Bernardo's cover image
Bernardo

Bernardo LEON DE LA BARRA

Year of Award: 2007 Award State: Tasmania Education > General
To study methods for improving the 'hands-on' teaching of science, engineering and technology education from primary school to university - Finland, Sweden, Norway, USA
Download

Bernardo was born and bred in Chile. He did his undergraduate Engineering studies in Chile and his PhD in Electrical Engineering at The University of Newcastle, Australia. He has worked as a full-time Engineering academic at Universidad de Chile, University of Technology Sydney, and the University of Tasmania. His current work focuses on ‘Integrative/Integrated STEM Education’; it seeks to design and implement learning experiences where students can visualise the close connections and synergies between the different fields that make up the STEM acronym – Science, Technology, Engineering and Mathematics.

The list below identifies the institutions Bernardo visited during his Fellowship: 

  • Finland: Heureka (The Finnish Science Centre), Helsinki; Tietomaa (City of Oulu’s Science Centre); and Arktikum (City of Rovaniemi’s Science Centre) Sweden: The National Museum of Science and Technology,
  • Stockholm; ‘Physics Toys’ Laboratory, Chalmers University of Technology, Gothenburg; and Universeum, Science and Technology Centre, Gothenburg
  • Norway: The Norwegian Museum of Science, Technology, and Medicine, Oslo; and Vilvite (City of Bergen’s Science Centre)
  • USA: The Museum of Science, Boston; New York Hall of Science, NYC; Girl Scouts of the USA, NYC; SONY Wonder Technology Lab, NYC; Educational Equity Centre, NYC; City Technology Program, City University of New York, NYC; The Tech Museum of Innovation, San José, California; Lawrence Hall of Science, Berkeley; and The Exploratorium, San Francisco. 

These are some of the valuable learnings gained during the Fellowship: 

  • Close collaboration and long- term partnerships between STEM Educational Centres and Museums, Schools, Universities, Research Companies, and Business Corporations provide a fertile ground for STEM education.
  • Schoolchildren should be exposed to STEM as early as possible so that they do not lose their natural sense of curiosity and creativity.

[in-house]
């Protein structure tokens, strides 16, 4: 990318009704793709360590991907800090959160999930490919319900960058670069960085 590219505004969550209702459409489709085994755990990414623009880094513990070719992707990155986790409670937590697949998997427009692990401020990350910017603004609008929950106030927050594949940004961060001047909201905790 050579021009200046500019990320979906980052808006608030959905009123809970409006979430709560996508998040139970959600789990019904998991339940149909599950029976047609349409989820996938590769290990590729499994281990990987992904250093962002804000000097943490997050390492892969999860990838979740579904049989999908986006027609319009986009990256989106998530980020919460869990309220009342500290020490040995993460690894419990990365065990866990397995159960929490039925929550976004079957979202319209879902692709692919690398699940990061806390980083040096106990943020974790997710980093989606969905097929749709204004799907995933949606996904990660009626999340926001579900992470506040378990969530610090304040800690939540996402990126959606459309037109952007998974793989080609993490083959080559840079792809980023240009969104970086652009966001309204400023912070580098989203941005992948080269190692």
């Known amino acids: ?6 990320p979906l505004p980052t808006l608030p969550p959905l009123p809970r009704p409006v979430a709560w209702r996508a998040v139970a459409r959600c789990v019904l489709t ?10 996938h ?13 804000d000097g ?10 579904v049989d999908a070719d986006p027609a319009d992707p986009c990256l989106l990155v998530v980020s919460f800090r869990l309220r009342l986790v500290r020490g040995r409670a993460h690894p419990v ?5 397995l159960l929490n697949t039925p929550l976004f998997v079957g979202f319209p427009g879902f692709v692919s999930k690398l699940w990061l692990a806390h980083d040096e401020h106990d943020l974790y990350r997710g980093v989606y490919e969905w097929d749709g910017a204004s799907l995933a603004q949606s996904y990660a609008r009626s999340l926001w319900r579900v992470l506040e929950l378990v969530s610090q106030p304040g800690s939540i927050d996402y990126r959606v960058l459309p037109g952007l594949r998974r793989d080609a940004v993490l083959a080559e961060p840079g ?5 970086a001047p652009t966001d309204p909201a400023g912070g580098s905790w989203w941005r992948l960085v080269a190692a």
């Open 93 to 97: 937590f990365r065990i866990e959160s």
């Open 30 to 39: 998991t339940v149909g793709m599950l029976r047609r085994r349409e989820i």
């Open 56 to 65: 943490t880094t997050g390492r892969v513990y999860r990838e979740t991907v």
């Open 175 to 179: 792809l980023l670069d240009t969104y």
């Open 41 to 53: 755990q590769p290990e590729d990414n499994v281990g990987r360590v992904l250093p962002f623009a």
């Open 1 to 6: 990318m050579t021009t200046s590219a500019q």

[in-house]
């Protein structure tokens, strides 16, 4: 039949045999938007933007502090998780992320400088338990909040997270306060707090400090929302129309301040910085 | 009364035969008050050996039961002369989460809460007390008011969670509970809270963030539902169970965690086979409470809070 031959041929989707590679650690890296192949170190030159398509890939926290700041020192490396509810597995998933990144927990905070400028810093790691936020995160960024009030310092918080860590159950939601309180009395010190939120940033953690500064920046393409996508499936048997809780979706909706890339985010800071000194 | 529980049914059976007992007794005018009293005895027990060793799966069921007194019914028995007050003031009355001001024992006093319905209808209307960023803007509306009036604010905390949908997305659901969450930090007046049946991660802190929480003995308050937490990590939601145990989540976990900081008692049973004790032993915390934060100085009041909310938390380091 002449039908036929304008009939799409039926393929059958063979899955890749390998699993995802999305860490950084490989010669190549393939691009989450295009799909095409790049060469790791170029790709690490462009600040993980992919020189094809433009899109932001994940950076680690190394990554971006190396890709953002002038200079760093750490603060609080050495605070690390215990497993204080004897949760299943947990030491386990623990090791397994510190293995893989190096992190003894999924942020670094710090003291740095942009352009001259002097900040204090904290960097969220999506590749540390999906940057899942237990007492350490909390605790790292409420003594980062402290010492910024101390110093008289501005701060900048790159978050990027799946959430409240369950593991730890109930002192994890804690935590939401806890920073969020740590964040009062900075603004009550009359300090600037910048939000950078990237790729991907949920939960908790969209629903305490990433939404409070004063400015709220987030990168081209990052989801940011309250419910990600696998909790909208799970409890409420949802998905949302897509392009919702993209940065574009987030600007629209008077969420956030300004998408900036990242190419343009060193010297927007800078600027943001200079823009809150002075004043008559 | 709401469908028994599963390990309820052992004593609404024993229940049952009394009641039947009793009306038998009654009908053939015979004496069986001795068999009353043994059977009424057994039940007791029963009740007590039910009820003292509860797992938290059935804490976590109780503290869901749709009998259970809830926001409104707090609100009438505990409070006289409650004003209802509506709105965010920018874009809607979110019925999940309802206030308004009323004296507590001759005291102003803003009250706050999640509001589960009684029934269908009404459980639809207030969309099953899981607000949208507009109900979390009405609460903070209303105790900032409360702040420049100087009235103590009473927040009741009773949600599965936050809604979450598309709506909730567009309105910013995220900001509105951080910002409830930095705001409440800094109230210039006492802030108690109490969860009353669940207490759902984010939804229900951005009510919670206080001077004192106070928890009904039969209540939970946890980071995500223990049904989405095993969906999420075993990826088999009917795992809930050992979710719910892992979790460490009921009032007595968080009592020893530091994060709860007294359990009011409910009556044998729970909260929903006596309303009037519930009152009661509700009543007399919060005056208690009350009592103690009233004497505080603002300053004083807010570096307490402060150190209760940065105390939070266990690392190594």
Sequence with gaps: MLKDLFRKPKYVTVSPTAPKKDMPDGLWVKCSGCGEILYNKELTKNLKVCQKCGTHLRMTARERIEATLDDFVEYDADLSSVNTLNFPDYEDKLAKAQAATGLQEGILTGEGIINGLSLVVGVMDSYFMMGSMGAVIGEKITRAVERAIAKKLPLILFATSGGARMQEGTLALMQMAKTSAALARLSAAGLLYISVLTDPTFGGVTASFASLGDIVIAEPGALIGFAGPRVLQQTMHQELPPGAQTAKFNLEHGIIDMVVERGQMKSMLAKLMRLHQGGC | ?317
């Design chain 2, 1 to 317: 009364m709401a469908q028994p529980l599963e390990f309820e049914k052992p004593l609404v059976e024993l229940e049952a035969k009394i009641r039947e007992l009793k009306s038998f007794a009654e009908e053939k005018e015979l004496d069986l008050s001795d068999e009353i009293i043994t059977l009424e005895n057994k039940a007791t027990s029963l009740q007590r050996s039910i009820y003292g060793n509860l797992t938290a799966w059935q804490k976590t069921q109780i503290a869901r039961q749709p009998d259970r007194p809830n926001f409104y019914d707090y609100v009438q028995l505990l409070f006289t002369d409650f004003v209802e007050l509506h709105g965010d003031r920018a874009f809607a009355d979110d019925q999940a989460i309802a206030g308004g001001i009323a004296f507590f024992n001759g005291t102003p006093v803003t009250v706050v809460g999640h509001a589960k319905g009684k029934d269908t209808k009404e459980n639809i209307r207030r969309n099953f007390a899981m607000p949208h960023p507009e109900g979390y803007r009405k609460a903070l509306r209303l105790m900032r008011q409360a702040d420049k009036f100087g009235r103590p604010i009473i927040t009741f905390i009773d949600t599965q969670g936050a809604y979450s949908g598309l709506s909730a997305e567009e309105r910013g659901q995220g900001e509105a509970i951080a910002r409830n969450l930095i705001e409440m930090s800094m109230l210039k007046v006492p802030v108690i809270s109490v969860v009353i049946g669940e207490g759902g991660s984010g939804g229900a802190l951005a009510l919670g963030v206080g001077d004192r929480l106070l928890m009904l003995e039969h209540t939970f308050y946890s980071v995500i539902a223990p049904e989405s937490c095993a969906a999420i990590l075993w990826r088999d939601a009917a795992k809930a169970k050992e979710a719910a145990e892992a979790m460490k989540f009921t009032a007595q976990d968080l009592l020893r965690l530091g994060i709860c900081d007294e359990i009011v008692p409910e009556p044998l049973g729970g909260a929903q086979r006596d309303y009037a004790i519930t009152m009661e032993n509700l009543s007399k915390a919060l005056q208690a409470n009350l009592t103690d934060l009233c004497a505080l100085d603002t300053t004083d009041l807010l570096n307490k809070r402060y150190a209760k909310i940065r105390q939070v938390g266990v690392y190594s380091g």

• After-school programs in STEM are increasingly popular in the USA as a way of introducing STEM in a fun and relaxed way.
  • Professional development opportunities in hands-on STEM education are crucial. Teachers can make a huge difference in the classroom.
  • Not only teachers and students are part of the equation. Parents and career counsellors also play a key role in encouraging students (especially girls) to explore and consider a future in STEM fields and careers.
  • Volunteers, after-school science clubs and related community-based efforts can really make a difference when it comes to complementing school- based programs in hands-on STEM education.
  • Low school science budgets are not a barrier. Student engagement in hands-on STEM education is also possible on a low budget. There are many resources (printed and online) that cater for this.
  • The teaching of Physical sciences at school level could benefit greatly from using engineering applications to engage teachers and students. 

Excerpt from “Bringing Knowledge Home” published by the Churchill Fellows Association of Tasmania (2016) 

Related fellows
Malcolm McINERNEY, Malcolm
Education > General
2007
Arron WOOD, Arron
Education > General
2007
Robert JONES, Robert
Education > General
2007
Hilda MacLEAN, Hilda
Education > General
2007
Allan BLAGAICH, Allan
Education > General
2007
Cheryll KOOP, Cheryll
Education > General
2007
Lynette DOPPLER, Lynette
Education > General
2006
Juanita CADDY, Juanita
Education > General
2006
Bernard HOLLAND, Bernard
Education > General
2006
Judith PETCH, Judith
Education > General
2006